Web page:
I saw the movie adaptation of Ship of Fools, directed by Stanley Kramer, long ago and loved it, especially the performance of the late Oskar Werner as ship's doctor. Others within the "cross section of humanity" included Simone Signoret as a Spanish political activist, cynical dwarf called Glocken played by Michael Dunn, Vivien Leigh as an aging coquette, Lee Marvin as an hedonistic baseball player, a philosophical Jew Heinz Ruhmann, along with some of pro- and anti-Hitler passengers, Jose Ferrer playing the nastiest of them, and young lovers George Segal and Elizabeth Ashley, not forgetting hundreds of indigent Cuban deportees who are being returned to Spain against their wishes.

Whether the book or movie characters would slip into our zodiac as easily as the characters in the famous painting isn't clear. I shall watch the movie again - used VHS tape is on order. DVDs of the two and a half hour long movie, at Amazon, are ridiculously expensive for some reason....it must have become rare.

Would a re-make of Ship of Fools be a good thing? Mini-series perhaps? I'm torn on this. There could never be a better cast talent-wise - never. But to reach today's cinema and TV audiences it might help to modify, improve a few ideas and lines of dialogue that have, over intervening years, become clichéd. In the right hands I think a re-make of some kind wouldn't be a bad thing. I enjoyed, and in many ways preferred the TV mini-series of A Town Like Alice, also the mini-series of From Here to Eternity notwithstanding the loss of Sinatra! When the basic material is good, it will easily stand and benefit from updating and modern technique.


mike said...

Here's some voyage music for us:

World Party's classic, "Ship of Fools"
(skip the ad at the beginning)

I don't think I packed enough formal wear for this cruise. Where's the captain?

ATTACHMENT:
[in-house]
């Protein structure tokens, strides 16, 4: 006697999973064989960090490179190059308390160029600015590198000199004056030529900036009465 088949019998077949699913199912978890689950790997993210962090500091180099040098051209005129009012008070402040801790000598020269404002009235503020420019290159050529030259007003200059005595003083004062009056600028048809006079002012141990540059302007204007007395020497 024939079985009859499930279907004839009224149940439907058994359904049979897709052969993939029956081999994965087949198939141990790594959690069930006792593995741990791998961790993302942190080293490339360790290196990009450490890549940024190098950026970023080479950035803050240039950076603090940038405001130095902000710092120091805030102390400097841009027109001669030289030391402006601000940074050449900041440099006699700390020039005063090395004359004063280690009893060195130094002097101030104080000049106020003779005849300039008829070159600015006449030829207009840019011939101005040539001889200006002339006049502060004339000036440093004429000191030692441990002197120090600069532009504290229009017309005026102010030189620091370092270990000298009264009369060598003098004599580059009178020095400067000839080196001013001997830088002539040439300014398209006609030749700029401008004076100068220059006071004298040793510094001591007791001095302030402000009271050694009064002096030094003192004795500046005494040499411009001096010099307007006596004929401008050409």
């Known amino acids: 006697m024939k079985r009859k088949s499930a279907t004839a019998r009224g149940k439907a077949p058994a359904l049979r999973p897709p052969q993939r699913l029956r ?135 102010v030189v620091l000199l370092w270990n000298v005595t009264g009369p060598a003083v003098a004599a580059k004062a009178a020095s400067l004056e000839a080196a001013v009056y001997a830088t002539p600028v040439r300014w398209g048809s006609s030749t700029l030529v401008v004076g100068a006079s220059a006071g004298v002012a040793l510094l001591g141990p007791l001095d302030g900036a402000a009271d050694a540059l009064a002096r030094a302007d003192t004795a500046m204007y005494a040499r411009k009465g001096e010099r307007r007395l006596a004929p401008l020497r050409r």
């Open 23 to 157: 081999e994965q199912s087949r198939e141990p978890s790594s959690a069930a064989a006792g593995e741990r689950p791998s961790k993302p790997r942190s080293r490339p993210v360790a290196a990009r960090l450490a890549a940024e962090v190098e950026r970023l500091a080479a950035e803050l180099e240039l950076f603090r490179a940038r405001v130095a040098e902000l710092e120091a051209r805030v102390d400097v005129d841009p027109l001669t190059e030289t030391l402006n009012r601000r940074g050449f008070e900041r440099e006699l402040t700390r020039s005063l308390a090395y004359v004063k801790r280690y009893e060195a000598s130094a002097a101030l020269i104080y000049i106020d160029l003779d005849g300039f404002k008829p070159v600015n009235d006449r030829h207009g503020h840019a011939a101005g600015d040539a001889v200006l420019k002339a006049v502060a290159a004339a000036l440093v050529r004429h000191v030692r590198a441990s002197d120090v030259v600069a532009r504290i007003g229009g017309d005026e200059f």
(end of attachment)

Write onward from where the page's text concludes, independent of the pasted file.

Twilight said...

mike ~~ Hadn't heard that one before - thanks for the link - enjoyed it, and the video too - it was very well done!

I doubt formal wear will be needed, Mike. A more likely ship scenario for the likes of us will be akin to the galley scene in Ben Hur


"Your eyes are full of hate, 41"


mike (again) said...

I didn't have time earlier to look-up the words...now that I have, it seems even more apropos to your post. Here are the words to "Ship of Fools":


We're setting sail
To the place on the map from which no one has ever returned
Drawn by the promise of the joker and the fool
By the light of the crosses that burn
Drawn by the promise of the women and the lace
And the gold and the cotton and pearls
It's the place where they keep all the darkness you need
You sail away from the light of the world on this trip baby
Pay, you will pay tomorrow
You're gonna pay tomorrow
You will pay tomorrow
Save me, save me from tomorrow
I don't want to sail with this ship of fools, no no
Oh, save me, save me from tomorrow
I don't want to sail with this ship of fools, no no
I want to run and hide
Right now
Avarice and greed are gonna drive you over the endless sea
They will leave you drifting in the shallows
Drowning in the oceans of history
Travellin' the world, you're in search of no good
But I'm sure you'll build your Sodom like I knew you would
Using all the good people for your galley slaves
As your little boat struggles through the the warning waves
But you will pay, you will pay tomorrow
You're gonna pay tomorrow
You gonna pay tomorrow
Save me, save me from tomorrow
I don't want to sail with this ship of fools, no
Oh, save me, save me from tomorrow
I don't want to sail with this ship of fools, no
Where's it comin' from or where's it goin' to?
It's just a, it's just a ship of fools
All aboard

Wisewebwoman said...

I loved that movie, T, and the book it was loosely based on.

For some reason put me in mind of "Separate Tables" I think DAvid Niven and Deborah Kerr starred, didn't do a google will later.

Lovely post.


Chomp said...

Interesting indeed... Isn’t it that this world is a sort of Ship o’ Fools, “Stultifera Navis” ...

Twilight said...

mike ~~ Ooo-er!! WOW! Great lyrics very apt - and coincidentally, and a wee bit spookily, they even contain a reference to galley slaves (as in the scene I mentioned from Ben Hur)

But I'm sure you'll build your Sodom like I knew you would
Using all the good people for your galley slaves

Twilight said...

Wisewebwoman Thanks, WWW. If I've seen Separate Tables I can't remember anything about it - will watch for a VHS or DVD of it.

Twilight said...

Chomp ~~~ Yes, it truly is!!! We're all passengers.